One of my biggest pet peeves about the instantaneousness of social media is the lack of accuracy. News outlets are more interested in being the first to break the story than to be accurately reporting the information. As a greater audience, the majority of people are more tolerant of speed over accuracy, simply accepting that details of stories change with each moment. But isn’t reliability and accuracy what makes a news outlet trustworthy?

I, personally, find it exhausting to read a report on Twitter, and then have to seek out verification on another, more accurate site. However, I am used to hearing multiple reports, full of “witness accounts” and hearsay and accepting it as fact.. .until they tell me otherwise. I believe when news organizations are live tweeting events and happenings, the ethical thing to do is to delete the inaccurate information previously posted. By deleting the posts, they aren’t necessarily trying to cover their tracks, but more so trying to eliminate confusion to readers who are late to the conversation and latest updates.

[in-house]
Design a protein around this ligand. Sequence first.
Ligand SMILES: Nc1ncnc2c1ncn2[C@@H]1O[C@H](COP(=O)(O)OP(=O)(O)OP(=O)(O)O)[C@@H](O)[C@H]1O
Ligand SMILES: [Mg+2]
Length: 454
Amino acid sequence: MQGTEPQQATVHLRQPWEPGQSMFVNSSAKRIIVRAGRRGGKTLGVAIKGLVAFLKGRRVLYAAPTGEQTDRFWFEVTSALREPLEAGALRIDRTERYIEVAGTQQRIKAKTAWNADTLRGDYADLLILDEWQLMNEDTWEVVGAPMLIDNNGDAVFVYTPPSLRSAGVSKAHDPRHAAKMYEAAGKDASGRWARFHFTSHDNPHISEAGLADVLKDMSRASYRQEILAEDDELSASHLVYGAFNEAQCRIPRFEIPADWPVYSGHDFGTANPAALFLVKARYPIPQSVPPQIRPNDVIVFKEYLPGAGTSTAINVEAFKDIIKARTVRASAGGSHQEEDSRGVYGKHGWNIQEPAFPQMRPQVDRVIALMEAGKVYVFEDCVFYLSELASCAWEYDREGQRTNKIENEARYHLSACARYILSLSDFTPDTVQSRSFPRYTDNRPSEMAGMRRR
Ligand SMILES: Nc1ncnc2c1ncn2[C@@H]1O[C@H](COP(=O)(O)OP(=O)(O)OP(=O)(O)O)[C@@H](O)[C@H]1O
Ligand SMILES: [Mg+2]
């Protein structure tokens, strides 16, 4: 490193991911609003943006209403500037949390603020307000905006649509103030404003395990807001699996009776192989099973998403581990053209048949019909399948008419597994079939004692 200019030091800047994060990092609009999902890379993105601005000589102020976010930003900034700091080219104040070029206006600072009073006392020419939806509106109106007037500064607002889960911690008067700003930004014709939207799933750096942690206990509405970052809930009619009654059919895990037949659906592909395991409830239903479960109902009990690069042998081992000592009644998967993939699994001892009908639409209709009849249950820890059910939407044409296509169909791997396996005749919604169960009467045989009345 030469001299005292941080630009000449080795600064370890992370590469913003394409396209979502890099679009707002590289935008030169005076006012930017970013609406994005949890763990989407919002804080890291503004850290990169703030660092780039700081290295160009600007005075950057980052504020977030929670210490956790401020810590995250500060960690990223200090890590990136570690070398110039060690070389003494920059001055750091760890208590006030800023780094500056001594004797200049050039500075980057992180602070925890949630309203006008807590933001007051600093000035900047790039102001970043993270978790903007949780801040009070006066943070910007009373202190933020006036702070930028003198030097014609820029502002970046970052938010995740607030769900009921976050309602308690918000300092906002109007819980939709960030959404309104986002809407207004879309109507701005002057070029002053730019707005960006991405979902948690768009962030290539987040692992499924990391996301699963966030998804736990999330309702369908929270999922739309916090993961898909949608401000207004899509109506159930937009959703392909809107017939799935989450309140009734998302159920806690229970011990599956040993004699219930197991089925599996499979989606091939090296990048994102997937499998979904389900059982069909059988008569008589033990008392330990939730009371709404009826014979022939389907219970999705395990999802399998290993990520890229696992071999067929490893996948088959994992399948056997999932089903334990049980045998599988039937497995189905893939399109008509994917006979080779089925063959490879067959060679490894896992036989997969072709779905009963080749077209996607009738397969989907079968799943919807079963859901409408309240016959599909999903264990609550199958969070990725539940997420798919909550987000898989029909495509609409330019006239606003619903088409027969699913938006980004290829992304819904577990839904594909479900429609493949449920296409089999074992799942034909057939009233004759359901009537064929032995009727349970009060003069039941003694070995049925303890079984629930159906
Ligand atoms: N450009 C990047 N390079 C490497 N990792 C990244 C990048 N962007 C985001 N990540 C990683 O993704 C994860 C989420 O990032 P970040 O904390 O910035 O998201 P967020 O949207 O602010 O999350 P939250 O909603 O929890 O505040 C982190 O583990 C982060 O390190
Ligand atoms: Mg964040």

Even citizen journalists should take caution in reporting, or re-reporting information. Perhaps by making sure people know that the information is not official, or is hearsay, or is still developing. I don’t have a personal example to relate to the issue of accuracy, but it does remind me of a current event. George Zimmerman filed suit (part of which was recently dismissed) against NBC for reporting a modified 911 call and other information during his trial involving the Trayvon Martin that portrayed him as racist. Though this was a very polarizing case, the accuracy (and inaccuracy) of the reporting during the trial was a huge contribution to increased publicity and tension.

Have you ever retweeted or posted inaccurate information? Did you later delete it or post a retraction?

Do you accept inaccuracies with a grain of salt, or do you think there should be greater regulation on sensationalism in journalism?


2 thoughts on “Accuracy

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